Nunc in odio id magna molestie congue. Donec erat nulla, pulvinar eget volutpat non, molestie at nisi. Curabitur nec tristique felis. Cras imperdiet, ante et vestibulum iaculis, tellus ipsum pulvinar felis, at viverra est tellus et eros. In nec dignissim lectus, bibendum hendrerit ex. Praesent lobortis eget justo non vehicula.

Nulla et neque cursus libero tristique laoreet nec a ligula. Fusce sit “amet” scelerisque erat. Quisque lorem lectus, lobortis vitae mattis non, tincidunt sed felis. Donec sit “amet” erat nibh.

Orci varius natoque penatibus et magnis dis parturient montes, nascetur ridiculus mus. In et imperdiet dui. In ut enim pharetra, blandit purus vel, malesuada est. Morbi sollicitudin eget leo nec dignissim. Praesent sed leo quis purus pretium aliquet sed quis arcu. Pellentesque facilisis tellus nulla, dignissim laoreet quam maximus et.

And I want to link the "amet" word, then I can create a shortcode:

layouts/shortcodes/amet.html

And in this shortcode I place the text:

<a href="https://www.lipsum.com/feed/html">amet</a>

In the Markdown source this is:

Nulla et neque cursus libero tristique laoreet nec a ligula. Fusce sit "{{< amet >}}" scelerisque erat. Quisque lorem lectus, lobortis vitae mattis non, tincidunt sed felis. Donec sit "{{< amet >}}" erat nibh.

Pretty easy. However Hugo by default does a little bit too much: while generating the static content, it adds a line break. Which in the browser results in:

Nulla et neque cursus libero tristique laoreet nec a ligula. Fusce sit “amet ” scelerisque erat. Quisque lorem lectus, lobortis vitae mattis non, tincidunt sed felis. Donec sit “amet ” erat nibh.
                                                                            ^                                                                                                         ^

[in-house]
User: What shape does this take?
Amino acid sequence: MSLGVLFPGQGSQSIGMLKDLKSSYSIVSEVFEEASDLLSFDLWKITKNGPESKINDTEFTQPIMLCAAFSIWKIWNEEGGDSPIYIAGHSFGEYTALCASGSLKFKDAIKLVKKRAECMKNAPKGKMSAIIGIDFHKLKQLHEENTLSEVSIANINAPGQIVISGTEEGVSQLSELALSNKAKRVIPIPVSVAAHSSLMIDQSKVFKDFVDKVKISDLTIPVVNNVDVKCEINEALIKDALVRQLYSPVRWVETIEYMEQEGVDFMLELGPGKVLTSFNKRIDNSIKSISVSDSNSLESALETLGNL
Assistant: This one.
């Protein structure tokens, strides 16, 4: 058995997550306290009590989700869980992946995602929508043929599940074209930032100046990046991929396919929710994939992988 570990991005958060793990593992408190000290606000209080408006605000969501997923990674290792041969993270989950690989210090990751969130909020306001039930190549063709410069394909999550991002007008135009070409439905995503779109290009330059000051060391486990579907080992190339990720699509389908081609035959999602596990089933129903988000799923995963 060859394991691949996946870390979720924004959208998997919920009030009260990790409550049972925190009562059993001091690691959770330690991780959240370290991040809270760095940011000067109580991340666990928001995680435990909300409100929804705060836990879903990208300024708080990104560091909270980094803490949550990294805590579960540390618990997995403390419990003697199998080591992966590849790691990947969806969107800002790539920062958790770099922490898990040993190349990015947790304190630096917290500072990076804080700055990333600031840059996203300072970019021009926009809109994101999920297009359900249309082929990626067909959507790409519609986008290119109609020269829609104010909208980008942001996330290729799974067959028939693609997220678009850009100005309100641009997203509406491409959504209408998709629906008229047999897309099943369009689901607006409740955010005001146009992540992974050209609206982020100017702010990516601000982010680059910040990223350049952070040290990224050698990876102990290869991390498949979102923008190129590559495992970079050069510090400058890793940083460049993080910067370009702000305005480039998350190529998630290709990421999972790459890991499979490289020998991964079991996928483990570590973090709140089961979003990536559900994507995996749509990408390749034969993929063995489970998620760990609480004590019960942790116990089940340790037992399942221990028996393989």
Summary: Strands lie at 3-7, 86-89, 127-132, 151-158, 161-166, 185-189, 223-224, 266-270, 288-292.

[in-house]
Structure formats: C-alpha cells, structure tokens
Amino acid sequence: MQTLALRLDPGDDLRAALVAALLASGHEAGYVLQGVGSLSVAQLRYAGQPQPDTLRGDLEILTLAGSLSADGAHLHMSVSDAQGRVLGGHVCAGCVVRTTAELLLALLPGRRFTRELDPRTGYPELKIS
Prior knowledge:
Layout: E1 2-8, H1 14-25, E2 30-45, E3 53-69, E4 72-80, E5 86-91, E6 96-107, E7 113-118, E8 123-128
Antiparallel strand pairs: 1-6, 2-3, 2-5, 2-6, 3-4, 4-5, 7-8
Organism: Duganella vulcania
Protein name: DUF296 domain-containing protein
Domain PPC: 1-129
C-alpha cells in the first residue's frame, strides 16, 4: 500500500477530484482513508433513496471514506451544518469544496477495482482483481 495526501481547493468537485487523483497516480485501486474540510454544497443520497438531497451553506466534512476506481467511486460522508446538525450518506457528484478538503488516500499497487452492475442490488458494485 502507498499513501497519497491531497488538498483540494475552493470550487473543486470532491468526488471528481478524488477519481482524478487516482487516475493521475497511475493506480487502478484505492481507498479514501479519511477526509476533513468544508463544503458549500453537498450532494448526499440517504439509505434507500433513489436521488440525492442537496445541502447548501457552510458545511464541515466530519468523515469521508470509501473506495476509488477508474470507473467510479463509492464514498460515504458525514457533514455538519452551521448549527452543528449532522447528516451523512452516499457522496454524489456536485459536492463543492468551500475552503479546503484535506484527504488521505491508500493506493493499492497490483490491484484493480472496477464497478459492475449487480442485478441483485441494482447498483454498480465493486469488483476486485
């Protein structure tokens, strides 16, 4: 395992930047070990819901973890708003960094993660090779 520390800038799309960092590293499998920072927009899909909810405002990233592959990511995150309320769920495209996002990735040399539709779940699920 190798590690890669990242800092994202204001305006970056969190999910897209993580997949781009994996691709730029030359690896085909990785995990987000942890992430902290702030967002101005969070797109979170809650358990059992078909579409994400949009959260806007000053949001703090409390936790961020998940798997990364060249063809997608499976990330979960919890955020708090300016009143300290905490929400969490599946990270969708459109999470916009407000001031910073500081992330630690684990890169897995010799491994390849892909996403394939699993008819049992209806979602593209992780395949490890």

There is a nasty little space between the word and the quotation mark. The generated HTML source shows the problem:

  <p>Nunc in odio id magna molestie congue. Donec erat nulla, pulvinar eget volutpat non, molestie at nisi. Curabitur nec tristique felis. Cras imperdiet, ante et vestibulum iaculis, tellus ipsum pulvinar felis, at viverra est tellus et eros. In nec dignissim lectus, bibendum hendrerit ex. Praesent lobortis eget justo non vehicula.</p>
<p>Nulla et neque cursus libero tristique laoreet nec a ligula. Fusce sit &ldquo;<a href="https://www.lipsum.com/feed/html">amet</a>
&rdquo; scelerisque erat. Quisque lorem lectus, lobortis vitae mattis non, tincidunt sed felis. Donec sit &ldquo;<a href="https://www.lipsum.com/feed/html">amet</a>
&rdquo; erat nibh.</p>

Usually a line break in HTML is not a big deal, the browsers deal with that. But here an unnecessary space is added while rendering the content. Hugo makes it complicated to avoid this problem. There is no default setting to turn this off, however the shortcode can have an extra Hugo tag to avoid the training linebreak:

<a href="https://www.lipsum.com/feed/html">amet</a>{{- / Strip trailing newline. / -}}

By adding the {{- -}}, the training line break is not included in the final HTML output, and the quotation mark comes right after the shortcode content.

Delete directories recursive on Hetzner Storage Box